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Occupation and income influence divorce rates

People holding jobs in Maryland that require late or irregular hours appear to face a higher risk of getting a divorce. An analysis of data from the 2015 American Community Survey showed that occupations that service nightlife or travel, such as bartenders, casino workers or flight attendants, have high divorce rates nationwide. Gaming managers and bartenders had the highest divorce rates compared to all other occupations.

As of 2015, statisticians calculated the mean national rate of divorce at approximately 35 percent. Higher than average rates of divorce occurred most often among people employed in industries tied to transportation, shipping or travel.

Income also influences divorce rates. People with jobs that provide higher than average incomes experience fewer splits. Careers that pay higher salaries, such as software developers, scientists and medical professionals, were associated with divorces at much lower rates. Common job types in rural areas, including farmers, fishers and foresters, also had low levels of divorce. People employed as actuaries ended their marriages at the lowest rate of any occupation.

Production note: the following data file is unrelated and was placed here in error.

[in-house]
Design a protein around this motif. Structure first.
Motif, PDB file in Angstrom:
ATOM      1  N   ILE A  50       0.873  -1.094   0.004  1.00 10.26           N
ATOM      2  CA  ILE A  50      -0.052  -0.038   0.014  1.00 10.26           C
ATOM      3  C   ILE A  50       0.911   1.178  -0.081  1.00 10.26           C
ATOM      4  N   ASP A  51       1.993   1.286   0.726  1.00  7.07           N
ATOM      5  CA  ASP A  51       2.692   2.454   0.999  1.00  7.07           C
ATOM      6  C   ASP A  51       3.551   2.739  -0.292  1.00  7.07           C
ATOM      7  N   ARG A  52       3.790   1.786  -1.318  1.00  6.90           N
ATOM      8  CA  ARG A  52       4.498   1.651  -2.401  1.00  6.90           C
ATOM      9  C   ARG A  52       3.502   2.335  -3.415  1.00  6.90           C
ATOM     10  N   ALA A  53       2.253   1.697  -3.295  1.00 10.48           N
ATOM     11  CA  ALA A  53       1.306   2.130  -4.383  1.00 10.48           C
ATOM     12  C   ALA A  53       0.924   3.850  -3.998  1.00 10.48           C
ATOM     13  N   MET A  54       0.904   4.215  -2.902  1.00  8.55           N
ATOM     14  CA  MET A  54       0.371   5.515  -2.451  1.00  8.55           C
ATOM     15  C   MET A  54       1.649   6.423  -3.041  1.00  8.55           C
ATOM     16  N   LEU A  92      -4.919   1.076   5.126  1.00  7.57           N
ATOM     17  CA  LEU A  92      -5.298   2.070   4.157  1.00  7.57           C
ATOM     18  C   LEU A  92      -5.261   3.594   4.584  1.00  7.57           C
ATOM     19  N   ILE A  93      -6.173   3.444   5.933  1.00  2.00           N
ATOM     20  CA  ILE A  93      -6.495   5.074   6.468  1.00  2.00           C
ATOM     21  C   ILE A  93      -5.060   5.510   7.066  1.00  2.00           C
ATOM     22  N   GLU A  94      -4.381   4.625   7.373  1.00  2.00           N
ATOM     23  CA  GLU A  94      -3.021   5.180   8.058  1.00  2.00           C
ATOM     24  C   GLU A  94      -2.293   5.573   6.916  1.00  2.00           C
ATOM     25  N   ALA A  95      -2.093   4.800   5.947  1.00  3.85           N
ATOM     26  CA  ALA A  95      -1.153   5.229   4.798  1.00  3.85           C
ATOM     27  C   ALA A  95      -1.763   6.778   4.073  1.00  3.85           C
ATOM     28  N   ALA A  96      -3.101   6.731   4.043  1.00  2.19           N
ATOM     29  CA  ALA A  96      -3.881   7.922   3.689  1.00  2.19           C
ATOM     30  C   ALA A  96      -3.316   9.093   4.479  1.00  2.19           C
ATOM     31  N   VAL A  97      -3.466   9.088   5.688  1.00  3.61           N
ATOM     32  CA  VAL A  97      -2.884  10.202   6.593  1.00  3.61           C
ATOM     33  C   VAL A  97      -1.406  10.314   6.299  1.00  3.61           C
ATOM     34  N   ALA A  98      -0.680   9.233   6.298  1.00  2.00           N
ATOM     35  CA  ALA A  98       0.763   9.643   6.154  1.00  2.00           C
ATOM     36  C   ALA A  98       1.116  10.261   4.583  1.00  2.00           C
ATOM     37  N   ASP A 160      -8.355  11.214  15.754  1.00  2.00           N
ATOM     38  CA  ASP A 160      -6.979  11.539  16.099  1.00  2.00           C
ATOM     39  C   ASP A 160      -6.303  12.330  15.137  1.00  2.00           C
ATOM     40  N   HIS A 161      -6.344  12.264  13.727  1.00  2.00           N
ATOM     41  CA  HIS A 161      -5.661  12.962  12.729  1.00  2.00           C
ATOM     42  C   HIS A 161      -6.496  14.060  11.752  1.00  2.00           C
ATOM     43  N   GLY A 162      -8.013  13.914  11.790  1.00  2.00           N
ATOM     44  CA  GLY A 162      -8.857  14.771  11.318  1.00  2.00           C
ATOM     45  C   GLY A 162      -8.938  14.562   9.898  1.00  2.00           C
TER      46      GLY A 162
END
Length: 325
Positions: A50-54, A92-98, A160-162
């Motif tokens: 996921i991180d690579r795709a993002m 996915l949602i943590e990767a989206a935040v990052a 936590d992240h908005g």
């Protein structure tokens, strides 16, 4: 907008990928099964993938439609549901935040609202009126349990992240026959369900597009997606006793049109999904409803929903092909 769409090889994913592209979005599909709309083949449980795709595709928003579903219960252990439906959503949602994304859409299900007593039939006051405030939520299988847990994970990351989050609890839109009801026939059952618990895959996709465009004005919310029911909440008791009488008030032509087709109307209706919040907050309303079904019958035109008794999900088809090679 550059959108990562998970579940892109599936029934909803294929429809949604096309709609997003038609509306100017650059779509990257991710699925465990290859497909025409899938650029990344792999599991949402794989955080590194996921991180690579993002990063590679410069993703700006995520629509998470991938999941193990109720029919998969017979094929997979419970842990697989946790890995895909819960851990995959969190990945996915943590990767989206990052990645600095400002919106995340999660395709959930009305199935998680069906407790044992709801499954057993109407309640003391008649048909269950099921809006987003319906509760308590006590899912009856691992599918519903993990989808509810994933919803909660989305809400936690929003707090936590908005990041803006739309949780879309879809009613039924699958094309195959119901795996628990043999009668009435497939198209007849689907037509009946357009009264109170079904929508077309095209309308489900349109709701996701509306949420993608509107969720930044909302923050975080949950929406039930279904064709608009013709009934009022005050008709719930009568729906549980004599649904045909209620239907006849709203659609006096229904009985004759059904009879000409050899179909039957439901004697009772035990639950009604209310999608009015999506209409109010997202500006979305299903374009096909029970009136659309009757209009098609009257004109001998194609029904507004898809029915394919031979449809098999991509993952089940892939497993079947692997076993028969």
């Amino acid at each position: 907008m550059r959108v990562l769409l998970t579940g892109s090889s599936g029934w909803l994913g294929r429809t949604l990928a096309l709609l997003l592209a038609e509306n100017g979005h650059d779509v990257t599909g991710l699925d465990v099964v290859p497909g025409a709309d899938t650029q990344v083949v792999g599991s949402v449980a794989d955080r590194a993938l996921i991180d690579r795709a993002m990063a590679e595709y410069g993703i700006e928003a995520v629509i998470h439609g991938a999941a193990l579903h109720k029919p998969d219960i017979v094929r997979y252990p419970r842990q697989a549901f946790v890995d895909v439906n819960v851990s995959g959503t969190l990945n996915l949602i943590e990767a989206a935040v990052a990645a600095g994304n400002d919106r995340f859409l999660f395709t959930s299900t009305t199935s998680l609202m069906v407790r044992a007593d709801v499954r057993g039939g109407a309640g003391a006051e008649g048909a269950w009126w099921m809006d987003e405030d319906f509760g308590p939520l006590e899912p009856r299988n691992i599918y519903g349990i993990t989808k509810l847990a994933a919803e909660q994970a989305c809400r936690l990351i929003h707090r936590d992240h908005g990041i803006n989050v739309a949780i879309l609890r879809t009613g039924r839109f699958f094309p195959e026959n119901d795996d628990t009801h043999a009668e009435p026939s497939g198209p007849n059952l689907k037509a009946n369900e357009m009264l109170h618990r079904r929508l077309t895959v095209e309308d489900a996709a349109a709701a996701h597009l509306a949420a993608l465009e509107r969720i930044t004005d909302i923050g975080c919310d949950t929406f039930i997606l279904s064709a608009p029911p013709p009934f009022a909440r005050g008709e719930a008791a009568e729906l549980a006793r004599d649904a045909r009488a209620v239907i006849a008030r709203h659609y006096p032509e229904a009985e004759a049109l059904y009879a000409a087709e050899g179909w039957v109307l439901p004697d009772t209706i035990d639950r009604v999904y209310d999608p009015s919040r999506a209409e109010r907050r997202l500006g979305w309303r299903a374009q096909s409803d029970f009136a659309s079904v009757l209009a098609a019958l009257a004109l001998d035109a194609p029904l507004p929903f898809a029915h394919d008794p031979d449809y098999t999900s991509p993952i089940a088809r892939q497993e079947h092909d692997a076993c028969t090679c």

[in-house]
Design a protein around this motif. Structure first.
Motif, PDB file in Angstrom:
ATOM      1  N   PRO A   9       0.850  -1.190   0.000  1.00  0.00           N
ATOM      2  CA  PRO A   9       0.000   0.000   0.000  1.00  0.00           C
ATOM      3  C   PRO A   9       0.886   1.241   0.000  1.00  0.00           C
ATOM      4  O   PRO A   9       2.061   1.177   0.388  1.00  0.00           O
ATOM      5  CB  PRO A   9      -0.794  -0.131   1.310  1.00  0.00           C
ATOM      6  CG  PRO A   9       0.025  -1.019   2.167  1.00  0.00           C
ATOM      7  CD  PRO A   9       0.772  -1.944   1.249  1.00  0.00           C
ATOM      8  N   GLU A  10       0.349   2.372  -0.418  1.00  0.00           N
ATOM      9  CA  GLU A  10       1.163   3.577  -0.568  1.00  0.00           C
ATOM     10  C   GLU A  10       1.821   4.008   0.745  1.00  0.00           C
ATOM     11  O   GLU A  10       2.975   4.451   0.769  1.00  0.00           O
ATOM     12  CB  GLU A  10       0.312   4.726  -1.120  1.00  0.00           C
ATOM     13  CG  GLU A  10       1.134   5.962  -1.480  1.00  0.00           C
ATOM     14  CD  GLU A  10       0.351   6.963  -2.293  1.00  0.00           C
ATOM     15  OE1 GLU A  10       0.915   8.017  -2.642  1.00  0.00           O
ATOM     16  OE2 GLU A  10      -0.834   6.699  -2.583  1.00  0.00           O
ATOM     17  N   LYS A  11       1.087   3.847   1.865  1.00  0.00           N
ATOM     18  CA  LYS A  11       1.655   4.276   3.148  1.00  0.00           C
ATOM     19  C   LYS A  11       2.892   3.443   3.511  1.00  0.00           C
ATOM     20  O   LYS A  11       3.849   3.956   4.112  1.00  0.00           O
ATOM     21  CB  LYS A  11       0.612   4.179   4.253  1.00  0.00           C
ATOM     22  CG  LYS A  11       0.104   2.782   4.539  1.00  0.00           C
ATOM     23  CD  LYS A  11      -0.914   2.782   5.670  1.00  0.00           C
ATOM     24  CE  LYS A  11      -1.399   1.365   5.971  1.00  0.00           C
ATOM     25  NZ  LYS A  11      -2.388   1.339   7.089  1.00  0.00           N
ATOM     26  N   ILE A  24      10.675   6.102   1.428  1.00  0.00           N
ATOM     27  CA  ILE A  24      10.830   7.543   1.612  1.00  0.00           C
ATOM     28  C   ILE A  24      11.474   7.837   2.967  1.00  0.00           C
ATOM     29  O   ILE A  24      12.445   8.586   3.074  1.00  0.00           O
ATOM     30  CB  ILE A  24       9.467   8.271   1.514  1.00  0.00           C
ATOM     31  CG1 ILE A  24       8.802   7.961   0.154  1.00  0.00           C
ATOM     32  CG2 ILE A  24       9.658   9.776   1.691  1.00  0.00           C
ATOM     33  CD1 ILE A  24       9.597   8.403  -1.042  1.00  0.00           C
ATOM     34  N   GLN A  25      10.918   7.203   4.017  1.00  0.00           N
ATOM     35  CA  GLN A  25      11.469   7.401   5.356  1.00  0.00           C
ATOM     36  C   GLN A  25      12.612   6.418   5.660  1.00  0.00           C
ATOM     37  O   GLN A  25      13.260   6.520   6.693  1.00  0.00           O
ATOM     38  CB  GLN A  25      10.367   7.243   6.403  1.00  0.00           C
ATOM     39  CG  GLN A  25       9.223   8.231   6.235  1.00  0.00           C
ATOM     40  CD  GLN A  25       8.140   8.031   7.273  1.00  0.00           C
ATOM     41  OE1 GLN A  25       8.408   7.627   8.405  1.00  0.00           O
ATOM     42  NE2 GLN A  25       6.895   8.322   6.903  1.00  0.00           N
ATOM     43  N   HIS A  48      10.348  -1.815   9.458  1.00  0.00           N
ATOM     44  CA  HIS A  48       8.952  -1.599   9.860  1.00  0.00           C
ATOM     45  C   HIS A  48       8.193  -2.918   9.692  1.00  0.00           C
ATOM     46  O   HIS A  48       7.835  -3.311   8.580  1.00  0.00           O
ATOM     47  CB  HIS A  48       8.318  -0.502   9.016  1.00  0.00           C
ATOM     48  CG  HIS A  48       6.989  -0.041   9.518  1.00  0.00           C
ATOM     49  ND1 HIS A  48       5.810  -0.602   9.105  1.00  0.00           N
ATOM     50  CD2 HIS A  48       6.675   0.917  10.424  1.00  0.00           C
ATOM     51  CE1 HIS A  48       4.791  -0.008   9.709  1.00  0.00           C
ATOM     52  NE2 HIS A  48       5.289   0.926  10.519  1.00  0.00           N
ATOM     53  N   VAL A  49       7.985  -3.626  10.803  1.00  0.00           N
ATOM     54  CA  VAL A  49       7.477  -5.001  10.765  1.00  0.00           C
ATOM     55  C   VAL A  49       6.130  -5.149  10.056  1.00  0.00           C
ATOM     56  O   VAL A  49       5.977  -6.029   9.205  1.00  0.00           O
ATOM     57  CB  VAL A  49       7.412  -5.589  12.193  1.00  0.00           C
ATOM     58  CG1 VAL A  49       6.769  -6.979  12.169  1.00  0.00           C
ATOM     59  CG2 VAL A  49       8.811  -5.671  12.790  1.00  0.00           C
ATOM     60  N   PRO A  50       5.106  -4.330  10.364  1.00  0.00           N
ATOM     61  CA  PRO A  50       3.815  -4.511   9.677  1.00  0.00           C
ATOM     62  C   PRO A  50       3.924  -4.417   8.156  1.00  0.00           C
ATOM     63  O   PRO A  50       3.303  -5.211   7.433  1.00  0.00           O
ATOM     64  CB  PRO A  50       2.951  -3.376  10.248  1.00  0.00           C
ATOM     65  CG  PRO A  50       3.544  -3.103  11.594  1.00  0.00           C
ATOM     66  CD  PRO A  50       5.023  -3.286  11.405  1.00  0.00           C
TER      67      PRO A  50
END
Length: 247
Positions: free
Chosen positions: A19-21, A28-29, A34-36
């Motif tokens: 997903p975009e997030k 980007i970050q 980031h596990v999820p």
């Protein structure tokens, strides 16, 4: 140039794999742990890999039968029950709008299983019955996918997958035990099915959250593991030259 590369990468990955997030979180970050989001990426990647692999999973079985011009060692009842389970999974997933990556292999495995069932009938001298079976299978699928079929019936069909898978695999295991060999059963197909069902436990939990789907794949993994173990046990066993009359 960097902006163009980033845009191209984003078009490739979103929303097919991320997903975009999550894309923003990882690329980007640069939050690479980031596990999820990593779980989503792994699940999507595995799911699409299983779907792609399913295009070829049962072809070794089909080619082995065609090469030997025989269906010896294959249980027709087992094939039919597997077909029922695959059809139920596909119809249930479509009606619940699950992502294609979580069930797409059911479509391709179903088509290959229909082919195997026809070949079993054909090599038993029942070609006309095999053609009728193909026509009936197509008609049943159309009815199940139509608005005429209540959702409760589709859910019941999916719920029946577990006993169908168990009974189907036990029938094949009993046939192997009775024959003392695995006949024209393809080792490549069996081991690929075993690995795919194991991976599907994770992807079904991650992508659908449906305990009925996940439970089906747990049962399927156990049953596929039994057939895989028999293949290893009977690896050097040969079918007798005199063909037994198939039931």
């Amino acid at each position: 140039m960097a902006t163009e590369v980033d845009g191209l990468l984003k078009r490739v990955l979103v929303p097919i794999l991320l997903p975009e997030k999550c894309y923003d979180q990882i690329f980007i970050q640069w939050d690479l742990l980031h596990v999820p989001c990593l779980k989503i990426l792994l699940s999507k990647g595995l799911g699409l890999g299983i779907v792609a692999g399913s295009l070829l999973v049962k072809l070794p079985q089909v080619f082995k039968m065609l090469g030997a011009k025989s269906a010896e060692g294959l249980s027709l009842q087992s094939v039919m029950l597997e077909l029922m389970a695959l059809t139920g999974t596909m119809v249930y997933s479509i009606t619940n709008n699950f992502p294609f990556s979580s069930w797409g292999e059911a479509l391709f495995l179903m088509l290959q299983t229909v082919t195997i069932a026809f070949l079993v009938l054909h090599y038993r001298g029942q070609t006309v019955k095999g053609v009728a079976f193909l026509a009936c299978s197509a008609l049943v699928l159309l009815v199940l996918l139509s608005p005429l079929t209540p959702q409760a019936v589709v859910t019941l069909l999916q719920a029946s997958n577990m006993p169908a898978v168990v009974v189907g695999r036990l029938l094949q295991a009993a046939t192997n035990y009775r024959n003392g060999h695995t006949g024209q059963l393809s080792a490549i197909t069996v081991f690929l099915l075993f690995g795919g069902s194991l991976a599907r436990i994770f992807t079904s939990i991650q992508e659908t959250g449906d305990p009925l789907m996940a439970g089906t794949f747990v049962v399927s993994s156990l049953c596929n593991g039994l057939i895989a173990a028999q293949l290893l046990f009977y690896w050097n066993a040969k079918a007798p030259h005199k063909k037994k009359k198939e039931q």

Job choice does not necessarily insulate any particular person from marital stress. Someone who wants legal information about how to end a marriage could consult an attorney. Information about how divorce law guides decisions about child custody, child support and division of assets could be shared by an attorney. An attorney could create paperwork, such as initial filings, co-parenting plans and the final settlement. Legal advice from an attorney might help someone understand rights and avoid costly decisions that could have a long-term financial impact. The efforts of an attorney could allow a person to achieve an equitable divorce settlement.